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Thu Mar 1, 2012, 07:59 AM

Iran, Syria, Who’s Next? [View all]


Iran, Syria, Who’s Next?
Berliner Umschau, Germany
By Charly Kneffel
Translated By Ron Argentati
27 February 2012
Edited by Casey J. Skeens

Whoever believed America's policy changed when George W. Bush was replaced by Barack Obama was poorly informed. At any rate, it’s now taking greater pains to propagandize, and appears to be counting on recruiting more countries into its coalition of the willing while taking more care to not totally alienate the citizens of those nations. But that's about all. In substance, not much has really changed. Under the pretense of “humanitarian assistance,” pressure is being applied to governments in various forms, whereby the military option is always on the table and, in fact, has already been applied in Iraq and Afghanistan, showing that it is by no means the trump card of last resort.

The bottom line is domination of the Middle East, where the largest reserves of petroleum and natural gas are found and the control of which is essential to the preservation of Western society. A side purpose is to exclude global competitors such as Russia and China and run them out of the region. This has far less to do with human rights than it has to do with geopolitics. Another strategic side issue of some importance is Iran, where the change from a Shah, who was completely in America's pocket, to a council of ruling Mullahs remains a thorn in America's side to this day.

Since then, America has resorted to a policy of international isolation, economic sanctions, covert intelligence actions, exploitation of real tensions, political maneuvers — some with the threat of military action — and open interference in Iran's domestic affairs, accompanied by occasional olive branches that have the effect of making it impossible to judge whether or not they were genuine or just designed to show Iran in a bad light, and therefore incorrigible.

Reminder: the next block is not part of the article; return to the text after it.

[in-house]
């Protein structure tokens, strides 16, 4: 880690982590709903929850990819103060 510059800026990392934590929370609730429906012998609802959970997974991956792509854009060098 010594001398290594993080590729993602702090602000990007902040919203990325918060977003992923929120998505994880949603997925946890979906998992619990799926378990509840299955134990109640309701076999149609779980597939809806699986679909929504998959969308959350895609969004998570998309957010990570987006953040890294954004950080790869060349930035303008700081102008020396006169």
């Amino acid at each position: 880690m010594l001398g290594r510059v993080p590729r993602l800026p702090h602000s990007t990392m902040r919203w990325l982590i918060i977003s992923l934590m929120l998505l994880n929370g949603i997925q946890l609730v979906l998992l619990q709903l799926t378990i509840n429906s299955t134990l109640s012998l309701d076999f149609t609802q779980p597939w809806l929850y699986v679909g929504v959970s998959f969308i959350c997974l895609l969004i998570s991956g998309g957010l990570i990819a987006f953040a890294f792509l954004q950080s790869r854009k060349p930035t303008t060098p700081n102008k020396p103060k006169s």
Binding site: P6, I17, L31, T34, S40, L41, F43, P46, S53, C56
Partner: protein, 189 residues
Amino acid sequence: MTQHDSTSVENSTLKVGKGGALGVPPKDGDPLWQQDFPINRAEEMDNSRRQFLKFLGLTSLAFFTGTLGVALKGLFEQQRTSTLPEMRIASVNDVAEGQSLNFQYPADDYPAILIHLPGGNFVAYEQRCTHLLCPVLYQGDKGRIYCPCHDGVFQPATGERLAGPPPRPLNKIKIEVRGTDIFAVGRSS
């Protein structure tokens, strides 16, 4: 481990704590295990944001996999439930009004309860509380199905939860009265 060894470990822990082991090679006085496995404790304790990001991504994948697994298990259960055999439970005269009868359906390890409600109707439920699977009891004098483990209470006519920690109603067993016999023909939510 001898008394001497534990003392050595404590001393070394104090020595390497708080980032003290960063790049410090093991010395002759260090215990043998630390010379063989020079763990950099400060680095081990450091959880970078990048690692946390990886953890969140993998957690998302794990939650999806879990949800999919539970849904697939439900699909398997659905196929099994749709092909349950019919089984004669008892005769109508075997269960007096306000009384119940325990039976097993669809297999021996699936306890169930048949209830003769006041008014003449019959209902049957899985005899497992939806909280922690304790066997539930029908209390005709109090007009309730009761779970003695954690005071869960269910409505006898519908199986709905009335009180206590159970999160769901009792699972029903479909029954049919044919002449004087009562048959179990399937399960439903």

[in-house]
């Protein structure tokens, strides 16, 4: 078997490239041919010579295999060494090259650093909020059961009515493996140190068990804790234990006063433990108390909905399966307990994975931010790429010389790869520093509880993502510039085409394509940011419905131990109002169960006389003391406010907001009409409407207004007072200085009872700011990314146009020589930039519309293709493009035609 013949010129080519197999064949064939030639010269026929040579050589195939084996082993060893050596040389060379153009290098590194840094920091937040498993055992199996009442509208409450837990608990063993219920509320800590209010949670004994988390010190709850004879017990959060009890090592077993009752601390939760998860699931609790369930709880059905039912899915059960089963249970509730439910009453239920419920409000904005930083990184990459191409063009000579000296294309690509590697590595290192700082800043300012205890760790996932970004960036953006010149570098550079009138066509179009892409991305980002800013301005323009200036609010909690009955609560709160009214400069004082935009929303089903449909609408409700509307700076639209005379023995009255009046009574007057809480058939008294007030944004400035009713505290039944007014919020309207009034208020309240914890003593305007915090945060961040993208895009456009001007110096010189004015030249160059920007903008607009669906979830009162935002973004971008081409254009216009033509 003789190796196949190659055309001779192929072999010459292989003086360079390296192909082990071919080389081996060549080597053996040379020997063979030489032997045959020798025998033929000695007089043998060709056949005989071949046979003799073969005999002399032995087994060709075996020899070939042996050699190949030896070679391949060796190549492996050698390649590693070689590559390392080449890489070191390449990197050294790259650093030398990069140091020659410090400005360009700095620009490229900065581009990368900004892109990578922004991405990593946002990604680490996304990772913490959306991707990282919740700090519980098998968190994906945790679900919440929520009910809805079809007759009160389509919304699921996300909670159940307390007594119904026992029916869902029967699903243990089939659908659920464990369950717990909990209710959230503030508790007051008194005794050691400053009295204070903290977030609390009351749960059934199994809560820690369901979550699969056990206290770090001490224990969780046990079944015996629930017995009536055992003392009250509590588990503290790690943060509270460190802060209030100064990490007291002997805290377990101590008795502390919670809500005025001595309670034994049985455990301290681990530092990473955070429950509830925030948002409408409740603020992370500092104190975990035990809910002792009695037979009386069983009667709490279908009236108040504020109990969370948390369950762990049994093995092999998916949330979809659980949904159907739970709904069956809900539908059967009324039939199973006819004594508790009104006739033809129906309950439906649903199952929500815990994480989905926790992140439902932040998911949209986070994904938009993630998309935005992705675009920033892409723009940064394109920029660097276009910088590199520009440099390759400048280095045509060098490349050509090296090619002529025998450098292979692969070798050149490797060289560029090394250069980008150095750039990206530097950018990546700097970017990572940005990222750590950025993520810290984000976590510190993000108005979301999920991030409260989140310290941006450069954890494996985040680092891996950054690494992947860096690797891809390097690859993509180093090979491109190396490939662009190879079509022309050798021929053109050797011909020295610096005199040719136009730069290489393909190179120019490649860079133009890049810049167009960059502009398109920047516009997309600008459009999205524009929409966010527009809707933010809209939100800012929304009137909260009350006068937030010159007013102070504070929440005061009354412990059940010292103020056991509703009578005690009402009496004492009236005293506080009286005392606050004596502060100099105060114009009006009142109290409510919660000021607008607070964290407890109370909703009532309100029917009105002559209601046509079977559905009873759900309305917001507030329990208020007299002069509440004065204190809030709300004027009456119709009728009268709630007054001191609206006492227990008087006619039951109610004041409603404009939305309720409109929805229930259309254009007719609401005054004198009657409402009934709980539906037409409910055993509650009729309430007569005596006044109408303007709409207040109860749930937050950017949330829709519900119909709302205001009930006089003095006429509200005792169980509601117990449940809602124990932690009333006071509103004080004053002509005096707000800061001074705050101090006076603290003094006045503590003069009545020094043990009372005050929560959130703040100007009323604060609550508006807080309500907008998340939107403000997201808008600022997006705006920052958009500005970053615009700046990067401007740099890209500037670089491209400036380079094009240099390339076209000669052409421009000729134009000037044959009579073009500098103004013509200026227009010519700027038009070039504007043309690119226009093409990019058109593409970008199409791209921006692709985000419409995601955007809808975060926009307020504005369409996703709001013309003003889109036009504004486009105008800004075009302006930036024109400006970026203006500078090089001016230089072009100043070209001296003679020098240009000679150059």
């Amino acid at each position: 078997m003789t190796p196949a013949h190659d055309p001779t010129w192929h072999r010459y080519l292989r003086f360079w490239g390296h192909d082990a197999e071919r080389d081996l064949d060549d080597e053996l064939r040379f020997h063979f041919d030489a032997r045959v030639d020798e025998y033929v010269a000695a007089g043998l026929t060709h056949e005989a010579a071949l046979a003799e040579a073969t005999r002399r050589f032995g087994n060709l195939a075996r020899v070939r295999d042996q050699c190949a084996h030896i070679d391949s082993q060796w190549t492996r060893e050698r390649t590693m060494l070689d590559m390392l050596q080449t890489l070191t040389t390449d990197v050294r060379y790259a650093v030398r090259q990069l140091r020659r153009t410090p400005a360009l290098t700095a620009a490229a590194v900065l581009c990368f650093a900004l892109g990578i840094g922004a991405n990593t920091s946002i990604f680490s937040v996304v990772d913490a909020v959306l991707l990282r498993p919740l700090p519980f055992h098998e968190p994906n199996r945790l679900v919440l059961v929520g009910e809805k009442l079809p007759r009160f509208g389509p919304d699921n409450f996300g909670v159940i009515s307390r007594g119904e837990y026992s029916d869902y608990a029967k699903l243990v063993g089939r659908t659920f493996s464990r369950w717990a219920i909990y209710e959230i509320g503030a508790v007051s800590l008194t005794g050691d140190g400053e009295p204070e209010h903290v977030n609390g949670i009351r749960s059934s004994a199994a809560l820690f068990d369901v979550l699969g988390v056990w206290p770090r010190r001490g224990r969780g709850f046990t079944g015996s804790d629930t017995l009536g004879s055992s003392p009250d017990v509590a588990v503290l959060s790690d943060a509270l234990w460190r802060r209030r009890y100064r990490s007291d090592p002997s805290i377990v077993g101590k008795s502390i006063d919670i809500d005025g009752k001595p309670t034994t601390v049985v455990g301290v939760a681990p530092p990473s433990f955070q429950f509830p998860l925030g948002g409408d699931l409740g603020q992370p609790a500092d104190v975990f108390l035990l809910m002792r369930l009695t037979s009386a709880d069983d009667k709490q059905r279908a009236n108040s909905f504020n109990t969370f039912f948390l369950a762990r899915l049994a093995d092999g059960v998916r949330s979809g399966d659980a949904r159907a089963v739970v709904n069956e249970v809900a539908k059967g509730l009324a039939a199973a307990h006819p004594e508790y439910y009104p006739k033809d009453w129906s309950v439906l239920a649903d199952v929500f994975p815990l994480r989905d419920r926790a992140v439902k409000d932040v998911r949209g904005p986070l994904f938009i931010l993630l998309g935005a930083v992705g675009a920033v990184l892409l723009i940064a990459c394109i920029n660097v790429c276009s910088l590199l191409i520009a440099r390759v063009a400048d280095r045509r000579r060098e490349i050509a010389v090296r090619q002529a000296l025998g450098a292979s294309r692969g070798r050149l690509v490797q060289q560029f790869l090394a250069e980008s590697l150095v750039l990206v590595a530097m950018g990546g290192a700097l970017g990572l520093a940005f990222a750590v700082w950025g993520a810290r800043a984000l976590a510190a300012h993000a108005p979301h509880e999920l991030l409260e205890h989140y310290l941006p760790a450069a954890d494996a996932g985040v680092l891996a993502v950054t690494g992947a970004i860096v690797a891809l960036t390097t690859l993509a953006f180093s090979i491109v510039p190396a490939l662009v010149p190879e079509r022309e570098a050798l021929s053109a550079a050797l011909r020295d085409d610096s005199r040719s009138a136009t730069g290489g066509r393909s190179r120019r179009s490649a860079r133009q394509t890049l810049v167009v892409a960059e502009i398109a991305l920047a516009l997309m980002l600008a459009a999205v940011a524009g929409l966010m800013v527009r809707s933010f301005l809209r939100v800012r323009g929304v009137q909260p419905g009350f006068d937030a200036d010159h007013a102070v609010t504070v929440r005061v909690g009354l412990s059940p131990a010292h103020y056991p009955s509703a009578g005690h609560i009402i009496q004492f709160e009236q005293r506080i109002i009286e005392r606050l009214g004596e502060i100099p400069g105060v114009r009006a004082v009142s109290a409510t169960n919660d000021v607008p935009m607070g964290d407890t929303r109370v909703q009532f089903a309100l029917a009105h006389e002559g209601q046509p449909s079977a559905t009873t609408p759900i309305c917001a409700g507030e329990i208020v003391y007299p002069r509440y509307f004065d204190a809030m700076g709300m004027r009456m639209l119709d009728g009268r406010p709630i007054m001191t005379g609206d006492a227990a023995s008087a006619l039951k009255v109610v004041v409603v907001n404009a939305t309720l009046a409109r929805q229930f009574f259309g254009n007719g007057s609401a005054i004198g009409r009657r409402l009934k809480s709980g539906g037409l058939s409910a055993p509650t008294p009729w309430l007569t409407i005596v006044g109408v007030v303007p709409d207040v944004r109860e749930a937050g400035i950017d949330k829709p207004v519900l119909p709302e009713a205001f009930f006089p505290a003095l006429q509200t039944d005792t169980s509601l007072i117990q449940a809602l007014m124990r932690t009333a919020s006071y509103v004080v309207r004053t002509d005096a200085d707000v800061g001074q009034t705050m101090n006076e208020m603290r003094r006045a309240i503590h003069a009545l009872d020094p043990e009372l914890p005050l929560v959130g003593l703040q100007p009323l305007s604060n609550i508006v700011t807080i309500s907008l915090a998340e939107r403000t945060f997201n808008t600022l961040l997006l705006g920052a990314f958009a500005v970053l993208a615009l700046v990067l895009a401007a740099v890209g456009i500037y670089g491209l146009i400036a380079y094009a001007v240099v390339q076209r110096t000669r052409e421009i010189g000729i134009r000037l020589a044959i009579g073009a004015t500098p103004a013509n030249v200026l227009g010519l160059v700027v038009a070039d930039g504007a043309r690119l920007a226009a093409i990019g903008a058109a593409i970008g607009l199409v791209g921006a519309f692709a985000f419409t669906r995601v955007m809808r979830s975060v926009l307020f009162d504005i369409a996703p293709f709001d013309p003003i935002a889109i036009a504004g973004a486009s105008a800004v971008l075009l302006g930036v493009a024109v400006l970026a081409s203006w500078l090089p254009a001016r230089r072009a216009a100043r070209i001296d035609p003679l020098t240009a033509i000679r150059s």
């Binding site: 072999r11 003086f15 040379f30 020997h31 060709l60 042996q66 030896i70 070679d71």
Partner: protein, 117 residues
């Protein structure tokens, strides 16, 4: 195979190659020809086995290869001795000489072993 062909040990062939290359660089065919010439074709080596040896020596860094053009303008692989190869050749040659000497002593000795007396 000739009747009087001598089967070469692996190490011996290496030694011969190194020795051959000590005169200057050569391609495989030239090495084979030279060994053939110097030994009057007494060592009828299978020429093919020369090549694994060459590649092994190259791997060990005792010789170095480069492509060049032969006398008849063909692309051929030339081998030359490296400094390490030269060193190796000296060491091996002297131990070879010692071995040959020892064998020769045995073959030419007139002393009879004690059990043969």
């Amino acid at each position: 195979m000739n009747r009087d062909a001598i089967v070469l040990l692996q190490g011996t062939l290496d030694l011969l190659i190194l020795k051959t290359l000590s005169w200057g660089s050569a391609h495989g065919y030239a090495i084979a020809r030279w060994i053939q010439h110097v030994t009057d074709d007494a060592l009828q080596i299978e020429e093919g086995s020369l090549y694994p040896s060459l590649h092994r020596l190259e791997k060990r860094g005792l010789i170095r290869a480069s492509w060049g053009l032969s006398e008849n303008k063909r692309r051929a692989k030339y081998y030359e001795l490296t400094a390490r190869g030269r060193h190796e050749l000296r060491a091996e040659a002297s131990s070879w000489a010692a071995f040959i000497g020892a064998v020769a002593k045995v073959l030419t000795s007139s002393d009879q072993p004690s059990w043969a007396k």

A sober political assessment can be made of events over the past decade, showing their relative risks and limits: Iraq's vicious dictator was overthrown but (considering the economic costs and the cost in human lives) this resulted in little more than a ruined country where conditions conducive to civil war abound and whose foreign policy orientation looks hopeless, even to those responsible for the changes. In Afghanistan meanwhile, an actual civil war is in full swing and the population is completely against the foreign invaders, and not just since the Koran-burning incident. What will come out of those countries that underwent the “Arab Spring” remains to be seen. In Libya's case, at any rate, the outcome was a thinly veiled military intervention by Western powers.

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unhappycamper Mar 2012 OP
libtodeath Mar 2012 #1